Papaya is called fruit of the angels by Conquistadors because of its heavenly taste. In its prime, it is a cerise-orange colored, unbelievably juicy fruit with an aroma to match its heavenly taste.
How fortunate that this glorious fruit is available year-round. Although a native of the tropics, papaya trees produce fruit all year long and are now produced in Hawaii and Puerto Rico. A ripe papaya can be as long as twenty inches, but most commercially grown fruits are pear-shaped, about seven inches in length and about a pound in weight. It is high in bromelain, which makes it beneficial in ways similar to pineapple. Since it loses nutrient strength as it ripens, papaya is best if purchased mostly ripe and eaten by the next day. Purchase fruit that is orangey-red in color and just a little soft to touch. Fruits that have yellow patches are less ripe and will take a few days at home to become their best. The seeds of a papaya are small, round and black in color. Although they are edible, they have a bitter, peppery flavor that few people seem to find enjoyable.
The papaya is considered to be one of the healthiest fruits to eat and to some the most nutritious fruit of all. In 1992, the Center for Science in the Public Interest (CSPI), a Washington-based consumer group that studies nutrition, compared forty fruits for their overall healthfulness. Based on a point system awarded to each fruit for the RDA percentage of the nine individual vitamins plus estimations for potassium and fiber, the papaya was number one, followed by cantaloupe, strawberries, oranges, and tangerines.
This delicious fruit is rich in anti-oxidants, the B vitamins, folate and pantothenic acid; and the minerals, potassium and magnesium; and fiber. Together, “these nutrients promote the health of the cardiovascular system and also provide protection against colon cancer.” In addition, papaya contains the digestive enzyme, papain, which is used like bromelain, a similar enzyme found in pineapple, to treat sports injuries, other causes of trauma, and allergies. Vitamin C and vitamin A, which is made in the body from the beta-carotene in papaya, are both needed for the proper function of a healthy immune system. Papaya may therefore be a healthy fruit choice for preventing such illnesses as recurrent ear infections, colds and flu.
Papaya can be eaten for its digestive and heart health properties. It is an amazingly rich source of the proteolytic enzymes.Externally, it is used in anti-aging products and both the skin and pulp are valuable as healing agents. After a course of antibiotic therapy, papaya juice will rapidly return the intestinal bacteria count to normal. It is especially rich in Vitamin C and carotene. More unusual, but very valuable is its high arginine, papain and carpain contents. Arginine is known to be good for male fertility, while papain is a proteolytic enzyme. This means papain can break down protein. Carpain is an enzyme considered to be good for the heart. Papaya also contains fibrin, a rarity in the plant world. In humans, fibrin is an essential part of the blood clotting process.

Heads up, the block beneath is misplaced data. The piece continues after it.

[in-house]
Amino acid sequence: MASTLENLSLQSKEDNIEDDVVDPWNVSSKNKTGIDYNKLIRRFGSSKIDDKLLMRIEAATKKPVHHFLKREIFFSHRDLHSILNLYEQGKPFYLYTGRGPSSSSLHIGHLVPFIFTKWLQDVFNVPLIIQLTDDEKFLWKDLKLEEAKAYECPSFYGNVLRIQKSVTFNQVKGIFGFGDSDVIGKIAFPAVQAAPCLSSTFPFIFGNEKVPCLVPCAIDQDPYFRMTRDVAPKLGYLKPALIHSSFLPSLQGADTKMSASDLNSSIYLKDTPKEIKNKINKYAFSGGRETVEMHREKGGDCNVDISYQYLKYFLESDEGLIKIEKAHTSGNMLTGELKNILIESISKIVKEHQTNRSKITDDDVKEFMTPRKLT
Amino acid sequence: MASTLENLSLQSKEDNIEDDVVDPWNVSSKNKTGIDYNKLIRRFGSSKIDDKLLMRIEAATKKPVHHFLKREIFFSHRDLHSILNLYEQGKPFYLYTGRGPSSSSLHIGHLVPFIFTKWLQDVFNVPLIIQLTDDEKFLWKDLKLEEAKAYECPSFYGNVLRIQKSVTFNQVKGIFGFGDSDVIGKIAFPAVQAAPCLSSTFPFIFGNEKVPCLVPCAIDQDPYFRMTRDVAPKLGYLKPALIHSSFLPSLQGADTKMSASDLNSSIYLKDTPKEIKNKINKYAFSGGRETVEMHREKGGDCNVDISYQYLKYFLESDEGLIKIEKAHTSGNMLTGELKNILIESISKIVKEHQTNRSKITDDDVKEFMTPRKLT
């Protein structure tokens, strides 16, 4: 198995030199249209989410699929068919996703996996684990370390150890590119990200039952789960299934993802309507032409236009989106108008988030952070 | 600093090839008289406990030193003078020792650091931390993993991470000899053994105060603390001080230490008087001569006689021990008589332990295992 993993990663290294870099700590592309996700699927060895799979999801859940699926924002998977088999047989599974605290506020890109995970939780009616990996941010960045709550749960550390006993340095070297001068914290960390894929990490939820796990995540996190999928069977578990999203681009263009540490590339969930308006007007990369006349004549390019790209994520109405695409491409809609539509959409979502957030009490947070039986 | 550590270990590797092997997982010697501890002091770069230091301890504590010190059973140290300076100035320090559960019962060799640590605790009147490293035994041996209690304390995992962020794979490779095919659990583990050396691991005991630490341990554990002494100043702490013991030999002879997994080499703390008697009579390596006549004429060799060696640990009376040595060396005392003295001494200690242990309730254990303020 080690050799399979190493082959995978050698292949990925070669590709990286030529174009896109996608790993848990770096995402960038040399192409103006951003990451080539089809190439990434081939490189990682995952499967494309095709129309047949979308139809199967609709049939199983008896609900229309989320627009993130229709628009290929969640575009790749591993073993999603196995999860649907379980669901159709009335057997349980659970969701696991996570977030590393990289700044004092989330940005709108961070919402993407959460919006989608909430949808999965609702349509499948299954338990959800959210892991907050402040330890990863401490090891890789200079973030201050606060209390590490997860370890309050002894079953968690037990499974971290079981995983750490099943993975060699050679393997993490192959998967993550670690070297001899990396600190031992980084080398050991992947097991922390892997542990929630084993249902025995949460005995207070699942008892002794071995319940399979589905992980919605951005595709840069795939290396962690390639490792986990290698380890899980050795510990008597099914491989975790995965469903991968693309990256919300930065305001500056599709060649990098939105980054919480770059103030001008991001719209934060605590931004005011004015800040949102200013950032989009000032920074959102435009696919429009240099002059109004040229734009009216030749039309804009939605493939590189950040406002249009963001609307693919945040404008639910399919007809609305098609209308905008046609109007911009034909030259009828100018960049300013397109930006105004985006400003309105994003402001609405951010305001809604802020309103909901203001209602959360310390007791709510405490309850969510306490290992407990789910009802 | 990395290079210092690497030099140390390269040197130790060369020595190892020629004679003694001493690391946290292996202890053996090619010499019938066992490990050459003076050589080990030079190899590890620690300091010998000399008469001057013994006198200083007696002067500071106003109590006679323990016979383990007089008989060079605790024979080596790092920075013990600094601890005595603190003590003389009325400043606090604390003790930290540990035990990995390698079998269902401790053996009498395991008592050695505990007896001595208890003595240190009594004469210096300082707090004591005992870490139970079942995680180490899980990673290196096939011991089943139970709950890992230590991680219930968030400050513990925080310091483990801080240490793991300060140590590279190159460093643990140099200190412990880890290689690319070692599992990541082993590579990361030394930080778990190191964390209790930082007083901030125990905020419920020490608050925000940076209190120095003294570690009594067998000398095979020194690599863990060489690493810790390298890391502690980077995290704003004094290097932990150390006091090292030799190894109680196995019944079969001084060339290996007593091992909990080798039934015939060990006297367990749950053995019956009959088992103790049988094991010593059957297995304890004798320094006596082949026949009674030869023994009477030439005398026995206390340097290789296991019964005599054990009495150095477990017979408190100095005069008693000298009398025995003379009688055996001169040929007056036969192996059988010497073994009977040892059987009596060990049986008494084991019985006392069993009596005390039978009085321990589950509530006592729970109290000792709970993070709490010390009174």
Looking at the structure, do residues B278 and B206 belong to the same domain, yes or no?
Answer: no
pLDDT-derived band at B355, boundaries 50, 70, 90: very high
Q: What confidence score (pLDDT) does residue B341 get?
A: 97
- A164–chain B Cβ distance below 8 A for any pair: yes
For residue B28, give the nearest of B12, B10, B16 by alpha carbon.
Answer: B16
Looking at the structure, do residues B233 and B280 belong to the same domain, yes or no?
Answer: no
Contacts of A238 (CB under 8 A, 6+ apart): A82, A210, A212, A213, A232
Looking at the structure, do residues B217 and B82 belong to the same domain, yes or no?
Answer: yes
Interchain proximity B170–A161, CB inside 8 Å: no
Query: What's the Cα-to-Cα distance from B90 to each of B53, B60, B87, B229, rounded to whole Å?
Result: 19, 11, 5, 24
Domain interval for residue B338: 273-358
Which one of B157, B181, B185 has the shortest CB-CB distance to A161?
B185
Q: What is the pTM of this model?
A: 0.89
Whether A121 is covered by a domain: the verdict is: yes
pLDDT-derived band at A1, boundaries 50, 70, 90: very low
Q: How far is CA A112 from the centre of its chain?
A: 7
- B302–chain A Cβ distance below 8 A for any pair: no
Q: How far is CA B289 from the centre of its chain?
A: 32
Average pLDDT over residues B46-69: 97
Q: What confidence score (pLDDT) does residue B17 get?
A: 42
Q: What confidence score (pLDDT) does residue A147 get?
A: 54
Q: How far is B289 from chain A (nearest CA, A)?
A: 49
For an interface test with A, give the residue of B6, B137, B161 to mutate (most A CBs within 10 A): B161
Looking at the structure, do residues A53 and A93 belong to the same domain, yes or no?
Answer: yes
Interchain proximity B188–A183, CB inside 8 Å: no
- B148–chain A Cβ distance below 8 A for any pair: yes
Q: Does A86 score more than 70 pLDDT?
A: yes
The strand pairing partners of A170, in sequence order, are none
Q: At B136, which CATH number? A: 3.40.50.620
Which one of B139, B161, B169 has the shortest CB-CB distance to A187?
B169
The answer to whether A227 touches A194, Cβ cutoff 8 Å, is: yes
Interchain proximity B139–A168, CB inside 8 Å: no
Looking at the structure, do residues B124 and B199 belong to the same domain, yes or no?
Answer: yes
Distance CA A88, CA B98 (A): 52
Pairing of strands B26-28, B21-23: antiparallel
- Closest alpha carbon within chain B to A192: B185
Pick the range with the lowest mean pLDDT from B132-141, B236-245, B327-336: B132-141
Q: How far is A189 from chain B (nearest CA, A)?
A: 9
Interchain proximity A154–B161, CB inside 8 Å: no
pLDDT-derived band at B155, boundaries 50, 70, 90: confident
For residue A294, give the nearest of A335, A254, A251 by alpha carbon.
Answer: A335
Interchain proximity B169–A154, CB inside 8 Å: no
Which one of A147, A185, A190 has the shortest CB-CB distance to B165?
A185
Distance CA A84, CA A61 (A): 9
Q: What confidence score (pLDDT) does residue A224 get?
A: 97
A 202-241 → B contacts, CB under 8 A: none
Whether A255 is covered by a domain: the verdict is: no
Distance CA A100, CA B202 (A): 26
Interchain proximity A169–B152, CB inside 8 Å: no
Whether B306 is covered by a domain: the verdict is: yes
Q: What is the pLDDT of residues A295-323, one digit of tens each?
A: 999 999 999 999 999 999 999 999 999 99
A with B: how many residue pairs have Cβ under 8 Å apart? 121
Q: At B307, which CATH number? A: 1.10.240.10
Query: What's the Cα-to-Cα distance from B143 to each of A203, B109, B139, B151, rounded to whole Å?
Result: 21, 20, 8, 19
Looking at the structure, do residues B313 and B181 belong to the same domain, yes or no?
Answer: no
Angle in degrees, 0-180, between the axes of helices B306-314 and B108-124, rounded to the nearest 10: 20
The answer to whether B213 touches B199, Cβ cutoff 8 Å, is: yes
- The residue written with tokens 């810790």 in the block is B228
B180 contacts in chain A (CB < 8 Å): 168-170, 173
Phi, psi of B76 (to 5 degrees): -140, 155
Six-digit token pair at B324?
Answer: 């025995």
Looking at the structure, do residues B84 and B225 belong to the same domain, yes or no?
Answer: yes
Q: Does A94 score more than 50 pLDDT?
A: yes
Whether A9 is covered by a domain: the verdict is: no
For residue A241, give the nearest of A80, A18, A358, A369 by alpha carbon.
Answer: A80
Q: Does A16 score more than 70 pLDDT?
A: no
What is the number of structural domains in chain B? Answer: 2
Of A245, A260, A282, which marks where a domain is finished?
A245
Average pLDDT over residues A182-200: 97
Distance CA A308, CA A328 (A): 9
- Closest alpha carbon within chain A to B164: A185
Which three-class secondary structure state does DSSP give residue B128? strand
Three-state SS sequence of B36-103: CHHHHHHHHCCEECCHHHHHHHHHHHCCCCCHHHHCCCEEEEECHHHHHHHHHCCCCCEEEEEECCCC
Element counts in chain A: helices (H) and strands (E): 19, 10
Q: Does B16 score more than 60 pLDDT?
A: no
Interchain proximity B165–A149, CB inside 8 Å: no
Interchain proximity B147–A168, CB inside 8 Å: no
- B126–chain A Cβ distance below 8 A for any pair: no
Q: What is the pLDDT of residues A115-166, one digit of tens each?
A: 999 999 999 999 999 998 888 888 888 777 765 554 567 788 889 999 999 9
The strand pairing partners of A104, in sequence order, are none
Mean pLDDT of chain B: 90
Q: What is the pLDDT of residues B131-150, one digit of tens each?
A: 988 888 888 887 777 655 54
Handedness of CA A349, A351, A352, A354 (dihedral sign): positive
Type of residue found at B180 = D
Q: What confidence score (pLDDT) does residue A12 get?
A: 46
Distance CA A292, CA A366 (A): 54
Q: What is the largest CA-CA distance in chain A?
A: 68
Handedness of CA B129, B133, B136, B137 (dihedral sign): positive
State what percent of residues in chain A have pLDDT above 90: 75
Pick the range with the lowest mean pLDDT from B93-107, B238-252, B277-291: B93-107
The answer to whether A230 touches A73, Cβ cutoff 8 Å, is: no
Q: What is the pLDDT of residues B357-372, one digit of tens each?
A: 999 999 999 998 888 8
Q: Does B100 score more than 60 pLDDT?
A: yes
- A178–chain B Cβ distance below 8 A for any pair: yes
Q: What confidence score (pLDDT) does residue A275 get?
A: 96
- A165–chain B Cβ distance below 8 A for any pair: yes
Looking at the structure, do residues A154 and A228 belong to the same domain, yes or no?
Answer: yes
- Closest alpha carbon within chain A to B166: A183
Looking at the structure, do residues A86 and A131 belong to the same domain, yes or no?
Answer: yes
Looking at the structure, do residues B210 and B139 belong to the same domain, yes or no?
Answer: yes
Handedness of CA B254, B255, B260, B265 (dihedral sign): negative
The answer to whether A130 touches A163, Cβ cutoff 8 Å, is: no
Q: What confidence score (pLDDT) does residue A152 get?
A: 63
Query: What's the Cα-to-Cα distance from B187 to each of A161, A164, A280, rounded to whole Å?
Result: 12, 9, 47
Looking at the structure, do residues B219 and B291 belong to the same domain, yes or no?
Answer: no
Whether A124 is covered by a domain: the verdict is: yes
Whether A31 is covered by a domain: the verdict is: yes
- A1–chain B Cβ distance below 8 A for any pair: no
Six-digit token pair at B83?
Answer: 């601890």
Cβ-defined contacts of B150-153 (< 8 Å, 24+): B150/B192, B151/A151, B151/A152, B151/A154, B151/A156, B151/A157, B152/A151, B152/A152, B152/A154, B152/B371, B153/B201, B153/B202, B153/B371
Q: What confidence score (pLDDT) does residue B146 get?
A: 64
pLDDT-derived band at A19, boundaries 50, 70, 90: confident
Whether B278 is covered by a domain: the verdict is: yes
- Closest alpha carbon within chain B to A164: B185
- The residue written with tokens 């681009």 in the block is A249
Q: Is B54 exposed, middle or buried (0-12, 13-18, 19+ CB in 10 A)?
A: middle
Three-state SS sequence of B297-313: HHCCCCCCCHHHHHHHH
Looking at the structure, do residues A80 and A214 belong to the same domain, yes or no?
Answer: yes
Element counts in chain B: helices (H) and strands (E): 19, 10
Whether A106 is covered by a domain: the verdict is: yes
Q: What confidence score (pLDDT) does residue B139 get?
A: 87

Papaya is good for many digestive disorders and is excellent for improving poor digestion. It has also been recommended as part of the treatment for cancer.
Although further study needs to be done, early findings lead to the belief that papaya may prevent diabetic heart disease. It is high in fiber, which helps to lower cholesterol. A very special ability of the fiber contained in papaya is that it can bind cancer causing toxins to it, preventing them from binding to cells in the colon. For individuals with a family history of colon cancer, papaya may be an important dietary addition.
Many experts have claimed rejuvenating properties for papaya, especially for the control of premature aging. It may be that it works simply because a poor digestion leaves the body without the correct nutrients. Those who find it almost impossible to digest anything frequently find that papaya used regularly marks the turning point in the climb back to vitality and good health.
The skin of the papaya is a first class external treatment for skin wounds and places that do not heal quickly. The pulp from the juicer can be used for this and as a poultice.
Another promising finding is that men who ate lycopene-rich foods are less likely to develop prostate cancer.
Papaya is a great addition to any meal or snack. Chunks of fresh papaya are terrific in cereal or in smoothies.